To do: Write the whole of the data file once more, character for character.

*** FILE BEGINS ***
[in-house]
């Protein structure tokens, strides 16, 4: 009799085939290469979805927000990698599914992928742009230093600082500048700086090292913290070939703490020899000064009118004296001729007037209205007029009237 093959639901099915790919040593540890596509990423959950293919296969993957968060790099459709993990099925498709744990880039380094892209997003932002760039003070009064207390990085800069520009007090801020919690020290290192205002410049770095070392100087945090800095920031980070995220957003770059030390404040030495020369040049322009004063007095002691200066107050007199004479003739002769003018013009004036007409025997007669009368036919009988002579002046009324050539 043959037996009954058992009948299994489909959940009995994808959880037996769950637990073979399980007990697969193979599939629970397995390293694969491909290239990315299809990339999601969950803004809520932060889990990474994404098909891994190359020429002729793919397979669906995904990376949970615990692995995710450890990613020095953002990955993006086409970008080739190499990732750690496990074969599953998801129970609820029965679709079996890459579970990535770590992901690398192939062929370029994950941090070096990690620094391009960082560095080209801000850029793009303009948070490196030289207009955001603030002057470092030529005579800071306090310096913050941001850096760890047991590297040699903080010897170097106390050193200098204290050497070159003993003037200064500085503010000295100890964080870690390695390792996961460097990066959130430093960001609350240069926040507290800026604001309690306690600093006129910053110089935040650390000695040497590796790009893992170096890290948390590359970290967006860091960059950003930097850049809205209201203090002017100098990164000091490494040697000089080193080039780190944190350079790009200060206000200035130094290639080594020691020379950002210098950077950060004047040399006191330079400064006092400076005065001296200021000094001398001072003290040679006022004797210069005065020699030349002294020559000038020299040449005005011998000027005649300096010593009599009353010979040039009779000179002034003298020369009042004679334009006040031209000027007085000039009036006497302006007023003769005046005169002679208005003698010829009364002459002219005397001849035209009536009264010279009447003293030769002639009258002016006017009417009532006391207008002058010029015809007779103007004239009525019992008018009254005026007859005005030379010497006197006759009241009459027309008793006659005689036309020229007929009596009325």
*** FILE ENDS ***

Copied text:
[in-house]
């Protein structure tokens, strides 16, 4: 009799085939290469979805927000990698599914992928742009230093600082500048700086090292913290070939703490020899000064009118004296001729007037209205007029009237 093959639901099915790919040593540890596509990423959950293919296969993957968060790099459709993990099925498709744990880039380094892209997003932002760039003070009064207390990085800069520009007090801020919690020290290192205002410049770095070392100087945090800095920031980070995220957003770059030390404040030495020369040049322009004063007095002691200066107050007199004479003739002769003018013009004036007409025997007669009368036919009988002579002046009324050539 043959037996009954058992009948299994489909959940009995994808959880037996769950637990073979399980007990697969193979599939629970397995390293694969491909290239990315299809990339999601969950803004809520932060889990990474994404098909891994190359020429002729793919397979669906995904990376949970615990692995995710450890990613020095953002990955993006086409970008080739190499990732750690496990074969599953998801129970609820029965679709079996890459579970990535770590992901690398192939062929370029994950941090070096990690620094391009960082560095080209801000850029793009303009948070490196030289207009955001603030002057470092030529005579800071306090310096913050941001850096760890047991590297040699903080010897170097106390050193200098204290050497070159003993003037200064500085503010000295100890964080870690390695390792996961460097990066959130430093960001609350240069926040507290800026604001309690306690600093006129910053110089935040650390000695040497590796790009893992170096890290948390590359970290967006860091960059950003930097850049809205209201203090002017100098990164000091490494040697000089080193080039780190944190350079790009200060206000200035130094290639080594020691020379950002210098950077950060004047040399006191330079400064006092400076005065001296200021000094001398001072003290040679006022004797210069005065020699030349002294020559000038020299040449005005011998000027005649300096010593009599009353010979040039009779000179002034003298020369009042004679334009006040031209000027007085000039009036006497302006007023003769005046005169002679208005003698010829009364002459002219005397001849035209009536009264010279009447003293030769002639009258002016006017009417009532006391207008002058010029015809007779103007004239009525019992008018009254005026007859005005030379010497006197006759009241009459027309008793006659005689036309020229007929009596009325």